Today we bring you a Christmas blog post, written back in 2018 (pre-Covid) by our Poet-in-Residence, Jude. The blog is entitled ‘Peace at Christmas’, something very apt for the holiday season this year. Many of us are longing for a peaceful, uninterrupted time with loved ones, putting to rest the last 2 years and the heavy toll that the coronavirus has taken on the way we live our lives.
In her post, Jude talks about her son joining in with the song entitled “Song for Peace.” Some of the words in that song are so reflective of what we might be wishing for today and for the next year to come. And yet, at times and perhaps especially now, it can be really difficult to identify what our role in creating peace might be.
We hope you enjoy Jude’s words and take this opportunity to wish you all a very peaceful Christmas.
Sarah, Scheme Manager
Peace at Christmas
Just back from seeing my children sing in their school Christmas carol concert. A proud parent moment. My son happened to be in the front row (unusual – he’s tall and usually consigned to the back). He performed his songs beautifully. The real lump–in–the–throat moment came with a song entitled “Song for Peace” of which the lyrics are something like, “I wish for hope, I wish for joy, I wish for peace.” Very moving to see 7 – 10-year-olds express such simple, profound and aspirational sentiments. The lump in my throat almost turned into a tear in my eye. Except, just at that moment, I remembered that the boy now singing, “I wish for peace” had spent the previous two and a half hours fighting his brother.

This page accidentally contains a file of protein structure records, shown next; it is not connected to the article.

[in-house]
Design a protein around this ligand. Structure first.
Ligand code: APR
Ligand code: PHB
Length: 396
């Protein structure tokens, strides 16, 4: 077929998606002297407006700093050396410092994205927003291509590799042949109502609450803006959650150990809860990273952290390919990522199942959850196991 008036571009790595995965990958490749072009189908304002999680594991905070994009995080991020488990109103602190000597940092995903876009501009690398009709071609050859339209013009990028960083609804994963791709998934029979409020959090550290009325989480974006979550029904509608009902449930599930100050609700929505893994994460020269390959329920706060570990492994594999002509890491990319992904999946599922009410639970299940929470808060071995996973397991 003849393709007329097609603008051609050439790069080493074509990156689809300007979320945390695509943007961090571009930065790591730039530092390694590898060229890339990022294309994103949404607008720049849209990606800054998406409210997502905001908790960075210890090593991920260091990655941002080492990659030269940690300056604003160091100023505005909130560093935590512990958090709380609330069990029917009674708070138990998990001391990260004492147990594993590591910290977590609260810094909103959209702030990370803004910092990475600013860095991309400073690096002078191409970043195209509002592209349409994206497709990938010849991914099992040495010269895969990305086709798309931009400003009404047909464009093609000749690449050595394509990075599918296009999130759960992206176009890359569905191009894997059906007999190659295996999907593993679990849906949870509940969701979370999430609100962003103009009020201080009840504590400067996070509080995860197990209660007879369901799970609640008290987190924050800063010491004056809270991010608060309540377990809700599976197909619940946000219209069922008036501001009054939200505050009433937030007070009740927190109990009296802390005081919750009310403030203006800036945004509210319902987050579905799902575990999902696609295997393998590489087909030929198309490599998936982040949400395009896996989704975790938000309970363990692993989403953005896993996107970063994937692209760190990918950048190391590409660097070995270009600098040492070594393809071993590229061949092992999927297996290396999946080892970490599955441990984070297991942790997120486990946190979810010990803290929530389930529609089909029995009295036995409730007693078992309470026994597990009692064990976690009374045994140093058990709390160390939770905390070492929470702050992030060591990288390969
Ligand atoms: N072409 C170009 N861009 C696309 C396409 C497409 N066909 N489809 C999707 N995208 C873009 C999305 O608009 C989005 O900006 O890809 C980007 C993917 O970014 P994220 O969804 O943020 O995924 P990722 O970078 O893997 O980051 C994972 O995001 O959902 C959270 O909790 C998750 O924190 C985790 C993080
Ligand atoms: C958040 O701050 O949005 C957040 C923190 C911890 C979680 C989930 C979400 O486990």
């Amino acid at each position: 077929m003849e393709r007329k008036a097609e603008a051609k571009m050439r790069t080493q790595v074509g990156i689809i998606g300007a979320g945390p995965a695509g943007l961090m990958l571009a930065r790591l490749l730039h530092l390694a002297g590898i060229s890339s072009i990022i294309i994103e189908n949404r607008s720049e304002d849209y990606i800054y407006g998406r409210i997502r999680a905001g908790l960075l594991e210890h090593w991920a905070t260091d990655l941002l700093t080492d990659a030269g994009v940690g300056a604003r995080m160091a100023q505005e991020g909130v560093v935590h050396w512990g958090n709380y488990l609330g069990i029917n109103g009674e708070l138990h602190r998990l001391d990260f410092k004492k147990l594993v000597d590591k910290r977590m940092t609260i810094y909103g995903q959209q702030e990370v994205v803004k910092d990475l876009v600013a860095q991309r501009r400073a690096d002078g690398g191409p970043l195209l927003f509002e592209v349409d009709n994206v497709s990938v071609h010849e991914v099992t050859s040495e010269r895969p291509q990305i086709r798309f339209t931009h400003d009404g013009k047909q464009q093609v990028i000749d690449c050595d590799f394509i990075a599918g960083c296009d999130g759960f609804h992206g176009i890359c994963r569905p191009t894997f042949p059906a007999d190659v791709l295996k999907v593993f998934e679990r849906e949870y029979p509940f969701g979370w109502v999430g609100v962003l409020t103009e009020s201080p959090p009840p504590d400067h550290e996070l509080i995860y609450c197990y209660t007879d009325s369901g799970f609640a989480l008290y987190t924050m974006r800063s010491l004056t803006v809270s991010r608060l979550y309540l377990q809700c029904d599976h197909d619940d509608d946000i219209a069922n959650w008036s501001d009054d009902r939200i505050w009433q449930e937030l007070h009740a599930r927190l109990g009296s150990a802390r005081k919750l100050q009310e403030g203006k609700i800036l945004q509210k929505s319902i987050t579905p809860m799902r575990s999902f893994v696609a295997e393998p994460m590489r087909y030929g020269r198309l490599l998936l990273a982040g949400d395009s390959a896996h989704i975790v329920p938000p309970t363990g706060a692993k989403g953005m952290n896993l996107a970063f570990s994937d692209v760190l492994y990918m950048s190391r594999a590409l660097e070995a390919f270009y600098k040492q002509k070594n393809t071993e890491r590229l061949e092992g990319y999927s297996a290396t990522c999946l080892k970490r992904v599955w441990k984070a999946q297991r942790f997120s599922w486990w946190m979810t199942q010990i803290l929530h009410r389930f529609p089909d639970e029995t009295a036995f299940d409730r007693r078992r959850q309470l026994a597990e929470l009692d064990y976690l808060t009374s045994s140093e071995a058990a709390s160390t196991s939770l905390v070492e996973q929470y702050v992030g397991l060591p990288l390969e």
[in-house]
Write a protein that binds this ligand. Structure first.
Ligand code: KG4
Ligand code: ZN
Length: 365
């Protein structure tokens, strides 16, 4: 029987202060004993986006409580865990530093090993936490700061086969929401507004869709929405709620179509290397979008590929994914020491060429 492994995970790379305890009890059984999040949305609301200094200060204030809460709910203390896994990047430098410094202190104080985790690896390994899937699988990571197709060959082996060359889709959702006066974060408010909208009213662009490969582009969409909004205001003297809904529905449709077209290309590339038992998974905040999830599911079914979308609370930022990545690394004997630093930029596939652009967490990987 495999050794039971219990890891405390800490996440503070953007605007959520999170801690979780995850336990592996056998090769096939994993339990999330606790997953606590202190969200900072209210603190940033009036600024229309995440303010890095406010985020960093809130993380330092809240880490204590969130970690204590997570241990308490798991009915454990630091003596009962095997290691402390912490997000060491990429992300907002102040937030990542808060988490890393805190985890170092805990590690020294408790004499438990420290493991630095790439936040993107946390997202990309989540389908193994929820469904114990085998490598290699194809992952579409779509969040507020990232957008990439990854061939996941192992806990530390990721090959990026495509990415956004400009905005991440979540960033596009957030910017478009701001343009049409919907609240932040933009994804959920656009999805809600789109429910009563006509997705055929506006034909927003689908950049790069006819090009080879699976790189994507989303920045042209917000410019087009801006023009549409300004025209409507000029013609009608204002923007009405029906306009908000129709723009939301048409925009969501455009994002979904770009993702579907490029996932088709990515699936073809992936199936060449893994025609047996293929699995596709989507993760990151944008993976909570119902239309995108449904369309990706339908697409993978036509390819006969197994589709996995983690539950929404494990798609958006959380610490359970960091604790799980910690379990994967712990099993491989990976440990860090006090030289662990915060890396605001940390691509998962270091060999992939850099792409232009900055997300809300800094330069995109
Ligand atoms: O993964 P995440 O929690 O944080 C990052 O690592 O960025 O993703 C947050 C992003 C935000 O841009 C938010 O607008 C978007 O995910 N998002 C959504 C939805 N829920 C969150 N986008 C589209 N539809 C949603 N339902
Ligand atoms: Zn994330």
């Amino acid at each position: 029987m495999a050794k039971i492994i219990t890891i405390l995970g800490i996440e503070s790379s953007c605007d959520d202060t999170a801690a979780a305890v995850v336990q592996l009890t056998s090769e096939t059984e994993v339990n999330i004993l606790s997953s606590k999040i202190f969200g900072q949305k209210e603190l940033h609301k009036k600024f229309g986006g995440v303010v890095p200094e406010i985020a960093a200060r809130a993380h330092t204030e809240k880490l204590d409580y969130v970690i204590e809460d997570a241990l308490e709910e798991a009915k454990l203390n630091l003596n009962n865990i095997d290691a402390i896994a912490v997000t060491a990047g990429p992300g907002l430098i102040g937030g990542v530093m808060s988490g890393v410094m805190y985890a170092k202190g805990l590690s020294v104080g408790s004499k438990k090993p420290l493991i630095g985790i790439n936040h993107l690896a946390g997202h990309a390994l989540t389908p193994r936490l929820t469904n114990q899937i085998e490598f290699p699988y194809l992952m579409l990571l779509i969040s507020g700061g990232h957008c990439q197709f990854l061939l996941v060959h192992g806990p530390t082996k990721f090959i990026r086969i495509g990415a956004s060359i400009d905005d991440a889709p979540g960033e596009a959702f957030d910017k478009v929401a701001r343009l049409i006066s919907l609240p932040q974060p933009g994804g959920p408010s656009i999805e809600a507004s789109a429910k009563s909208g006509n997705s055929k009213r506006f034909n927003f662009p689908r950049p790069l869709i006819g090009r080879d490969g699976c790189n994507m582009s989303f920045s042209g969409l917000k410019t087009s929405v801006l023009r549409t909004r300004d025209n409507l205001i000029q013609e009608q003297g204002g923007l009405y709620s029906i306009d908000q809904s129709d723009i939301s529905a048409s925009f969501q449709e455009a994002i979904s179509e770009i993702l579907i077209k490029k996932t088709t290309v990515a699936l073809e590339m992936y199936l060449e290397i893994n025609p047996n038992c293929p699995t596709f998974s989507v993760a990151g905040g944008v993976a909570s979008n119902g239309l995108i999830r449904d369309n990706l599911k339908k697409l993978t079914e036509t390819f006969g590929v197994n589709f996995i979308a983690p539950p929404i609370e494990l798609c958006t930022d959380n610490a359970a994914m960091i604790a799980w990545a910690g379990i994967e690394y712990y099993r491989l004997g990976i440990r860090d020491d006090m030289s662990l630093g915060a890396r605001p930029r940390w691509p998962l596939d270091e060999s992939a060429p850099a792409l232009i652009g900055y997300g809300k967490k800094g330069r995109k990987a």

Ruthless competition, one-up-manship, brother-baiting and plain old wrestling. Not unusual among siblings. But the memory of it punctures the otherwise sweet moment. Something about the human condition shines through – we may wish for peace… but do we have the wherewithal to create it? Or even to create the conditions where it might be possible? I look at my innocent child anew – my innocent, ignorant child. As a child, he is innocent of wrongdoing but also ignorant of right-doing. He innocently wishes for something called Peace but is ignorant of the action he needs to take himself if he is to turn his wish into a reality (how many adults seem still to be at that stage?) He’s a little human, yet to see the irony of singing for peace whilst kicking your brother under the table and claiming he started it.
“Well done,” I say at the end of the concert, “you sang beautifully.” This isn’t the time for complicated life lessons.
May we all have a peaceful Christmas – and may those of you who have to work hard for that peace be particularly blessed! And it occurred to me back on Remembrance Sunday this year, that when wars are over and true peace comes, the most immediate and natural reaction is to party. May you all have a peaceful and party-filled Christmas, and may all your children’s songs come true!!!